Salmon Bay Park chosen for water conservation project

If you’ve been to Salmon Bay Park recently, you may have seen a small sign near the entrance. It says “2012 Water Reduction Pilot Site.” The popular central Ballard park (map here) has been designated as part of a pilot program for water conservation, to the dismay of some Ballard residents.

The lush park is one of nearly 150 parks in the city where Seattle Parks and Recreation has chosen to reduce watering frequency. There are currently about 300 parks in the city that are irrigated each summer, and Karen Galt from Seattle Parks says the site is part of a pilot program to update their water-shortage contingency plan. The city doesn’t currently have a water shortage, but Galt says that’s a good reason to do it now because it allows them to be flexible with how much they irrigate.

Galt says in planning this pilot, they combed through the city’s water usage in parks and found areas where they could cut back, but could still tolerate the reduction. Salmon Bay was chosen, Galt says, because of its natural dense canopy of trees that helps prevent the grass from drying out.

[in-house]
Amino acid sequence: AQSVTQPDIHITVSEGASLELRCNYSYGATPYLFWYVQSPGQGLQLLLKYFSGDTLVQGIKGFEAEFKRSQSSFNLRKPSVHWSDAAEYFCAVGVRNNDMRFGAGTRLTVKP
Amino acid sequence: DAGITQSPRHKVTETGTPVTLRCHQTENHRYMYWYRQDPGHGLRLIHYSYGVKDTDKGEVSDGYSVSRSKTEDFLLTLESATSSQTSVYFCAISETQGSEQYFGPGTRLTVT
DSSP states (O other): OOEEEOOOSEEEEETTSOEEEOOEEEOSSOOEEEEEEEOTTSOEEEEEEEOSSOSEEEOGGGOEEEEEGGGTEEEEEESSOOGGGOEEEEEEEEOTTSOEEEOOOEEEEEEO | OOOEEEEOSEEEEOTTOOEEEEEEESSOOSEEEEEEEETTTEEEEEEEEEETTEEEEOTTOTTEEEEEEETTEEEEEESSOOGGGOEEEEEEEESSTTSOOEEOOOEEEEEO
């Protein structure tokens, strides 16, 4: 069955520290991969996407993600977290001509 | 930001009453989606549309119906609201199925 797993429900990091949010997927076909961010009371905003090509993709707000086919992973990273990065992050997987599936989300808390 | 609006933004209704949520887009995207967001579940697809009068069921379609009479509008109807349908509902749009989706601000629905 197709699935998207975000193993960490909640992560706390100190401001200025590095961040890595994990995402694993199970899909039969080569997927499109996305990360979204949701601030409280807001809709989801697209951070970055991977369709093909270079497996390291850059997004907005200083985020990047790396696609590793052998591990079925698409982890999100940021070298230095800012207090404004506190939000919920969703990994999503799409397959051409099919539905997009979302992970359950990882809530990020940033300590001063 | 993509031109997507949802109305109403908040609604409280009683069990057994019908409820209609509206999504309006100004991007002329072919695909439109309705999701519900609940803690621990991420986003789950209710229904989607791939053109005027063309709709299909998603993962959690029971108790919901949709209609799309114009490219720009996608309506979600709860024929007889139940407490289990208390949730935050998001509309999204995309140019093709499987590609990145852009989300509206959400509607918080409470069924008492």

Leslie Miller has lived a block away from the park for 21 years, helped pay for the play structures, and worked hard to get the irrigation system put in at Salmon Bay Park about three years ago. When she came across the sign at the park the other day, she called Galt for more information. She learned that depending on the weather, the park is watered roughly four times a week, for up to 50 minutes at a time. That equates to about $1,600 to $3,000 a year. Galt says the plan is to water about one day less per week to see how the grass responds. She says the last thing they want to do is adversely affect the park, so there is regular monitoring to keep tabs on the experiment. The areas that will be watered less will likely be around the perimeter of the park, or in heavily shaded areas.

Miller is disappointed that Seattle Parks has designated Salmon Bay for the project, and is working with Galt to determine where the park could afford to go a little brown. “It’s unique, it’s nice and cool, there are lots of kids,” says Miller.”I don’t understand why they can’t spend an extra $1,000 to keep it beautiful.”

Galt and Seattle Parks welcomes community feedback on the pilot program. For comments or questions about the program, email or

(Full disclosure: Leslie Miller is a sponsor of My Ballard)

Help support My Ballard's independent local journalism

Leave a Reply

Please Login to comment
Notify of